Do you think that it is equally as wrong to not help as to harm?

I’ll give you a real life circumstance to make the question a bit less abstract.

1. There is a boy drowning in a fountain that you walk by, you are completely able to swim, but you don’t want to get your clothes wet, so you don’t help the boy.

2. There is a boy standing alongside a fountain, you pick up this boy, then actively drown him.

Are 1 and 2 equal in your eyes?

It becomes a question of end result vs. how the end result came to be.  If you believe that the end all be all is the resulting circumstance, i.e. that the boy drowned, then not helping becomes just as incorrect morally as harming does.  If you believe that the how of how the ending circumstance came to be, i.e. not helping the drowning boy vs. drowning the boy, is more important, then you would have to argue one side vs. the other.  Even if you are someone that thinks the how of the situation is more important than the result, there is still not a heavy push toward one side or the other.

It is simple to see that drowning the boy would be wrong.  There are very few situations that allow for moral obligation to drown little boys, but just in case this boy might have been drowned to save the world from implosion or something of the sort, let’s stipulate that this boy was drowned by no morally obligating circumstances.  This boy was drowned because you felt like drowning him with no confounding variables coming into play.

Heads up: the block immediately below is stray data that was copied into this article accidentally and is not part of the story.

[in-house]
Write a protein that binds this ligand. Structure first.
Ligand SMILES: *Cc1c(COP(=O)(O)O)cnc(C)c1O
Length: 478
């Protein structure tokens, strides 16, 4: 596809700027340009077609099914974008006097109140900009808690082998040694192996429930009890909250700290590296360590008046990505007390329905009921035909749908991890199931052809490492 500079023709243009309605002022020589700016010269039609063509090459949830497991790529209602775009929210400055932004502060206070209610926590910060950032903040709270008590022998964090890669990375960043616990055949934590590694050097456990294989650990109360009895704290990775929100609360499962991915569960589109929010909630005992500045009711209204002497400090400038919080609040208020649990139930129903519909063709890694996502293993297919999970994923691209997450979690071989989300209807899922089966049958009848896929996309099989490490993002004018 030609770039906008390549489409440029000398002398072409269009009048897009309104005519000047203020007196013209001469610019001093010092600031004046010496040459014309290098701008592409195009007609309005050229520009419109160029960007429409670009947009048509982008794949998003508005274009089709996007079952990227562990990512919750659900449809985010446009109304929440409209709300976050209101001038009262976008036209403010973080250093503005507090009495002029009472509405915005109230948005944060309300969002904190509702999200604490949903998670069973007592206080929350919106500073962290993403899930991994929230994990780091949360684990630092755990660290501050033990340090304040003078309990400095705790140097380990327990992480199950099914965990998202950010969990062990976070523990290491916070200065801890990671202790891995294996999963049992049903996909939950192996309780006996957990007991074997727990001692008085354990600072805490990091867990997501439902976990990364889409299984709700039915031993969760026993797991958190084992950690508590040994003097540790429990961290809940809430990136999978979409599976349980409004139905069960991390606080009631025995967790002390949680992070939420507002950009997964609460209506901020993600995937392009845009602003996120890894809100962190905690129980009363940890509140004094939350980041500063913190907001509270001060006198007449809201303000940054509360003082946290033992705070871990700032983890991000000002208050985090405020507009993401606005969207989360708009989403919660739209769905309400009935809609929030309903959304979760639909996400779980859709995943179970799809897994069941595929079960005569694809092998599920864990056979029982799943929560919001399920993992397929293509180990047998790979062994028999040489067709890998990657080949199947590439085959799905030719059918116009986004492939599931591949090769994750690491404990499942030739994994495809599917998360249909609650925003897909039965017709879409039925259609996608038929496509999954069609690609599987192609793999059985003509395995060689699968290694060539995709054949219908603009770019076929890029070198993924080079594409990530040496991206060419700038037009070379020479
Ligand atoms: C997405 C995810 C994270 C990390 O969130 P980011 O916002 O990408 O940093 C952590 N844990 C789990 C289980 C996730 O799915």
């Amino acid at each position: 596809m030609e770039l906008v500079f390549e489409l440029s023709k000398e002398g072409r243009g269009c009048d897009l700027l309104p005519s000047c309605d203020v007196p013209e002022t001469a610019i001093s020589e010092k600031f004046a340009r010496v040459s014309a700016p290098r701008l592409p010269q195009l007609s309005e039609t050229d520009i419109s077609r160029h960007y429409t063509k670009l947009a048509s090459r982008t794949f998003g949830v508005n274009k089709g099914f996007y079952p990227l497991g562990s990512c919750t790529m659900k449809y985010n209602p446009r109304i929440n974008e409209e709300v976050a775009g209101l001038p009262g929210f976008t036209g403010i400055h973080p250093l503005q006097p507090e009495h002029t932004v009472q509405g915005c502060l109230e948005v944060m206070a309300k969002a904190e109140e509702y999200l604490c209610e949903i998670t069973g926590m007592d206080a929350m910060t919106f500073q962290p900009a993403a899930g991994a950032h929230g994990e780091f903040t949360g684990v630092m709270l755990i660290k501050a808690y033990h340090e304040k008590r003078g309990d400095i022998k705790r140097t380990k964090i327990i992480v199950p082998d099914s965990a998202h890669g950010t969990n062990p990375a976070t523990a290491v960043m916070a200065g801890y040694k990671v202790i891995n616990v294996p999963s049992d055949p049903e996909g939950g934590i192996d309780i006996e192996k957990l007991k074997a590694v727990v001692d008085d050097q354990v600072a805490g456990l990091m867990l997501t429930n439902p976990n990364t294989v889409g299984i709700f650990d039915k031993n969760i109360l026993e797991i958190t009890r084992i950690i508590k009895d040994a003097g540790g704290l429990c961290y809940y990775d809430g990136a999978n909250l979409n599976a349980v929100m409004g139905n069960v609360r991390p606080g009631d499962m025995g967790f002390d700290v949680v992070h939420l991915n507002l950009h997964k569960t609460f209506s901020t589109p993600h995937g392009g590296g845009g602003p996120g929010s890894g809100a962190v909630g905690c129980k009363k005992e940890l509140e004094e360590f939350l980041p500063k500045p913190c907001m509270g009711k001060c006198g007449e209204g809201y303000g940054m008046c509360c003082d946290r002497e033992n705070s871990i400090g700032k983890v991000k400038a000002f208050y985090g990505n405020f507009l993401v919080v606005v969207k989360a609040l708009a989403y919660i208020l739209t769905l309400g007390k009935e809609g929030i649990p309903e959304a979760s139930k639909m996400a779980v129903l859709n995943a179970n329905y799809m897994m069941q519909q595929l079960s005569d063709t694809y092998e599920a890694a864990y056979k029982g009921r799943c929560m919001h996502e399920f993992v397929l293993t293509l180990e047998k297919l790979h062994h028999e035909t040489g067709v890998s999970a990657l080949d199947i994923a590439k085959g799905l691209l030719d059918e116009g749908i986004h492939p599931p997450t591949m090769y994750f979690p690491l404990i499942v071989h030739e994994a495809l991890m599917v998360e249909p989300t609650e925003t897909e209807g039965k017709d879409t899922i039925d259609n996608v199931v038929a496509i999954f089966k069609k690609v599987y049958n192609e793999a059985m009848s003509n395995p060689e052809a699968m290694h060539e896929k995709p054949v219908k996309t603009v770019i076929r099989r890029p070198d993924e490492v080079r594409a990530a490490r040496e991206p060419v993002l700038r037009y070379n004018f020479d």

Initially, it seems that one should say that the actively drowning would be a higher degree of wrong than not helping, but you must take into account that you are fully able to help, no danger is posed to you, and the only reason why you don’t help is because of minor inconvenience.  In both conditionals a boy drowns, with one being completely incurred by you, and the other being completely preventable by you.

Do you still have the same answer?

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February 1, 2014 · 4:08 pm

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